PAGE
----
Tyler Cowen sends us to Friedrich August von Hayek, T.E. Gregory, Arnold Plant, and Lionel Robbins on October 18, 1932.
I'm trying to get Ryan Avent to let Hayek represent the Pain Caucus on the Economist's "By Invitation" feature: he's more articulate than most members of today's pain caucus, and also more upfront in what he wants to see.
Hayek et al.:
Sound familiar?: We are of the opinion that many of the troubles of the world at the present are due to imprudent borrowing and spending on the part of the public authorities. We do not desire to see a renewal of such practices. At best they mortgage the Budgets of the future, and they tend to drive up the rate of interest--a process which is surely particularly undesirable at this juncture, when the revival of the supply of capital to private industry is an admittedly urgent necessity. The depression has abundantly shown that the existence of public debt on a large scale imposes frictions and obstacles to readjustment very much greater than the frictions an dobstacles imposed by the existence of private debt.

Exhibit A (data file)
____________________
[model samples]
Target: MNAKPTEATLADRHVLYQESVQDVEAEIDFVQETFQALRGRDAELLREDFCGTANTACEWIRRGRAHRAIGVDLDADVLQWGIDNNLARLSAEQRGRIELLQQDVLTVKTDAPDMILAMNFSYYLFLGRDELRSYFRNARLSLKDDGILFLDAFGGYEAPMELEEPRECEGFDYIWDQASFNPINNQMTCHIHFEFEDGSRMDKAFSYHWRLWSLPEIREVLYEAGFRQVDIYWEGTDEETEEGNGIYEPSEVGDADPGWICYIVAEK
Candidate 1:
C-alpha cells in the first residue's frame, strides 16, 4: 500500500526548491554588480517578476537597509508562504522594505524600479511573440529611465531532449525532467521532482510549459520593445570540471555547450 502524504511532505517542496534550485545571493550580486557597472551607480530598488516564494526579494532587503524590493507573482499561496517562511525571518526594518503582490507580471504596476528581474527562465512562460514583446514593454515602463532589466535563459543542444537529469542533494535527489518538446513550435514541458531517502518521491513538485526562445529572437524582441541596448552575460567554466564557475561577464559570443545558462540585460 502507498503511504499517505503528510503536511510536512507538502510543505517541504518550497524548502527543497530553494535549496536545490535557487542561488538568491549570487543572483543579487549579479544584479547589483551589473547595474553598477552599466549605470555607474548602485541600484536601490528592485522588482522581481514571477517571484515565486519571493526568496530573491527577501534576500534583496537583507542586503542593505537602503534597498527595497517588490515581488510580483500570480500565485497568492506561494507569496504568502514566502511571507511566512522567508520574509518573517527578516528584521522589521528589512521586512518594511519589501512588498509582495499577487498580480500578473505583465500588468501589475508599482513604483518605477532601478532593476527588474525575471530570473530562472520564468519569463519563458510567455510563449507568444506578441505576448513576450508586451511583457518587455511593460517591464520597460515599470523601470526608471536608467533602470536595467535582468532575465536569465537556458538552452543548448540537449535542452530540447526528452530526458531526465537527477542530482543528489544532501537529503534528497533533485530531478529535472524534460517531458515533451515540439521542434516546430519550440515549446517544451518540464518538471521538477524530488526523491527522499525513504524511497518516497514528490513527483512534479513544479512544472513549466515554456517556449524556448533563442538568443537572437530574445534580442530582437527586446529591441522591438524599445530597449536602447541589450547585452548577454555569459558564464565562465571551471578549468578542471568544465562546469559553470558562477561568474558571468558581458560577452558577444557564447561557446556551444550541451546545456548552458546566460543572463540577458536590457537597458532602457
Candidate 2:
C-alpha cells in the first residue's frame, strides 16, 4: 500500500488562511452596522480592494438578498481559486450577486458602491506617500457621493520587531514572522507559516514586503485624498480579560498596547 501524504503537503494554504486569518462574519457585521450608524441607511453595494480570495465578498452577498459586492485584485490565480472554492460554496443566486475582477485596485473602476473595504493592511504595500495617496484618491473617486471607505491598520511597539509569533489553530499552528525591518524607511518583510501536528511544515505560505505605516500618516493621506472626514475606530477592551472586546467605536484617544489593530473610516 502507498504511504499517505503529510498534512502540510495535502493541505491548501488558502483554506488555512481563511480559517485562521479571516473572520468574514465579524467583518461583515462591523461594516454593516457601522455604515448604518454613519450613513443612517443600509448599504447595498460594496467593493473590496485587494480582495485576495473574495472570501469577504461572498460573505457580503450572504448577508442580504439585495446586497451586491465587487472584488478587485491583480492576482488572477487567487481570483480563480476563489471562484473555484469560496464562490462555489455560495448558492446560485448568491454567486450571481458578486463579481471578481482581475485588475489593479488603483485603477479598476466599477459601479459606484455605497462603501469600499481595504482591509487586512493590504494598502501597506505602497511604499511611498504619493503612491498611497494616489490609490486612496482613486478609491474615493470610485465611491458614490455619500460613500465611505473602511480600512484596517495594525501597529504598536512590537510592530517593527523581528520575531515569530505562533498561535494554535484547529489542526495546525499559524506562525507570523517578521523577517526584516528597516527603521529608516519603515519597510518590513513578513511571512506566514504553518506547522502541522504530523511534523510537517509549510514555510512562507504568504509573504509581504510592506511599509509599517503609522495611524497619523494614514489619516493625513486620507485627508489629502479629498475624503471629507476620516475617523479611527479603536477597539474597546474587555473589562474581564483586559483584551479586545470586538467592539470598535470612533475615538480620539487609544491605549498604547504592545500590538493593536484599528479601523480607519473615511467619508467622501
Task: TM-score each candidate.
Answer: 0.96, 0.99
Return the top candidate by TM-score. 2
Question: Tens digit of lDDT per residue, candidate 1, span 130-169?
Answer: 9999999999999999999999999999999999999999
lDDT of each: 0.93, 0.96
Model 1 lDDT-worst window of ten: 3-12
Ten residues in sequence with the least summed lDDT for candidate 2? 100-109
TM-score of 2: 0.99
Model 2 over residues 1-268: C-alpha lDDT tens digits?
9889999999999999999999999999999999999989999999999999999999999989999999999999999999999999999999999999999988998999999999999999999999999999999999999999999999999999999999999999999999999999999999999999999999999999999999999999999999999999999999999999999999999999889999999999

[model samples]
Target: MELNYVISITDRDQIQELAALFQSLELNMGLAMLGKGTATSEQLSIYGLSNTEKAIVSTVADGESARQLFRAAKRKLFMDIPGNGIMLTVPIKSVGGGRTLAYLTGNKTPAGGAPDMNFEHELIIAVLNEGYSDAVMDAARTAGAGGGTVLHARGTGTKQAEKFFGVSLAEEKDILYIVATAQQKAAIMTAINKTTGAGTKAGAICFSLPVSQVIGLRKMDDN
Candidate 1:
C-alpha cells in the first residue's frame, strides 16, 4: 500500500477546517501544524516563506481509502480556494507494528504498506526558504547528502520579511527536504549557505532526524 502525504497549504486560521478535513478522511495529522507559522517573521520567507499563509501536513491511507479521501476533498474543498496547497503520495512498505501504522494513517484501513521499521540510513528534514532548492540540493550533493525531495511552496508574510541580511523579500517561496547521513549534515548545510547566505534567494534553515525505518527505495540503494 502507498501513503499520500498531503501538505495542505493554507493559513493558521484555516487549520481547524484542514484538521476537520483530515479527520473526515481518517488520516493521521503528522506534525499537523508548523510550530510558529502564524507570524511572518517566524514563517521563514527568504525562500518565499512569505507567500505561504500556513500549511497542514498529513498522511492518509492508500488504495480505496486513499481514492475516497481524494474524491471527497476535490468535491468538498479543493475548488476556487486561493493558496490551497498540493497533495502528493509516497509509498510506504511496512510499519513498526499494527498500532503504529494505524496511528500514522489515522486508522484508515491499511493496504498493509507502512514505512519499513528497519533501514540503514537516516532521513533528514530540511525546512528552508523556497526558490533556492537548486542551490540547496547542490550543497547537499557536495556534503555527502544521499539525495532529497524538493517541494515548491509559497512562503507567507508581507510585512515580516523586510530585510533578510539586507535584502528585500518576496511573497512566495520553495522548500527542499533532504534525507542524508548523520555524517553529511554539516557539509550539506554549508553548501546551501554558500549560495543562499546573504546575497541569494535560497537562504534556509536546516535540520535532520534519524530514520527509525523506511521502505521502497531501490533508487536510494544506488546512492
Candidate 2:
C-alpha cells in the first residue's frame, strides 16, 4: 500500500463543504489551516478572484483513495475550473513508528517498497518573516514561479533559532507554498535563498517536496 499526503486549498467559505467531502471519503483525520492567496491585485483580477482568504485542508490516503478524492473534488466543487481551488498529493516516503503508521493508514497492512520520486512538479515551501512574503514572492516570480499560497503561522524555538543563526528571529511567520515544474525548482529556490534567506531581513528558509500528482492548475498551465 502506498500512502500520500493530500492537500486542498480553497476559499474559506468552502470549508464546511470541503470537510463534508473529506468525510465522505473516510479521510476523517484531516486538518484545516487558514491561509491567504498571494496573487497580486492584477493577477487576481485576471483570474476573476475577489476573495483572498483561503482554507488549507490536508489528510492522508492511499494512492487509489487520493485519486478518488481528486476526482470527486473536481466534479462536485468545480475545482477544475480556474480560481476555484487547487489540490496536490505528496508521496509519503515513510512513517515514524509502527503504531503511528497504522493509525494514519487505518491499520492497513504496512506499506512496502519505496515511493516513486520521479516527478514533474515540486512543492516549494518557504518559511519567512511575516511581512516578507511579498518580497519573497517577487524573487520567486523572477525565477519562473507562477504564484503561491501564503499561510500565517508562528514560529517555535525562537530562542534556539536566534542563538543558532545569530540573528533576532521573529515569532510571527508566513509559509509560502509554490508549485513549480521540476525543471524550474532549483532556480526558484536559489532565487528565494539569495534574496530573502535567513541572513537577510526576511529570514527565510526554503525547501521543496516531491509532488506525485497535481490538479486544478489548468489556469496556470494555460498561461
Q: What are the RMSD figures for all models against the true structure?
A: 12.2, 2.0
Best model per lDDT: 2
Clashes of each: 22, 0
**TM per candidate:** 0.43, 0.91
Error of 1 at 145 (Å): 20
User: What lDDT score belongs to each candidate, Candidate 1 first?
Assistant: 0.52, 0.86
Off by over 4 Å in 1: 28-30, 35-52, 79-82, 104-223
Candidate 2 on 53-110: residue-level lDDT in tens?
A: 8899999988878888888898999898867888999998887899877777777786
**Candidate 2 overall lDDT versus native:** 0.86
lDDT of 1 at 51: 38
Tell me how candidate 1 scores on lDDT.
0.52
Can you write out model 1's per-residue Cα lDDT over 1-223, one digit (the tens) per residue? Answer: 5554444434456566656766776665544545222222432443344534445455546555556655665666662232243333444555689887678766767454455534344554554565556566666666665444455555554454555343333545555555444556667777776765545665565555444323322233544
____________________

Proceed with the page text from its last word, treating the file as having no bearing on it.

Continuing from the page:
Hence we cannot agree with the signatories of the letter that this is a time for new municipal swimming baths, etc., merely because "people feel they want" such amenities.
If the Government wish to help revival, the right way for them to proceed is, not to revert to their old habits of lavish expenditure, but to abolish those restrictions on trade and the free movement of capital (including restrictions on new issues) which are at present impeding even the beginning of recovery.
And a little fact-checking. Barrie Wigmore points out:
The low point in government bonds was in January 1932, when the U.S. Treasury 4 1/4 percent bonds due in 1952 hit $99... thereafter prices rose... reduced U.S. government bond yields from an average of 3.92% in March 1932 to 3.76% in June...
U.S. debt-to-GDP was to more than quadruple from its 1932 value in the New Deal and World War II, with no signs at all that such borrowing was in any way "imprudent."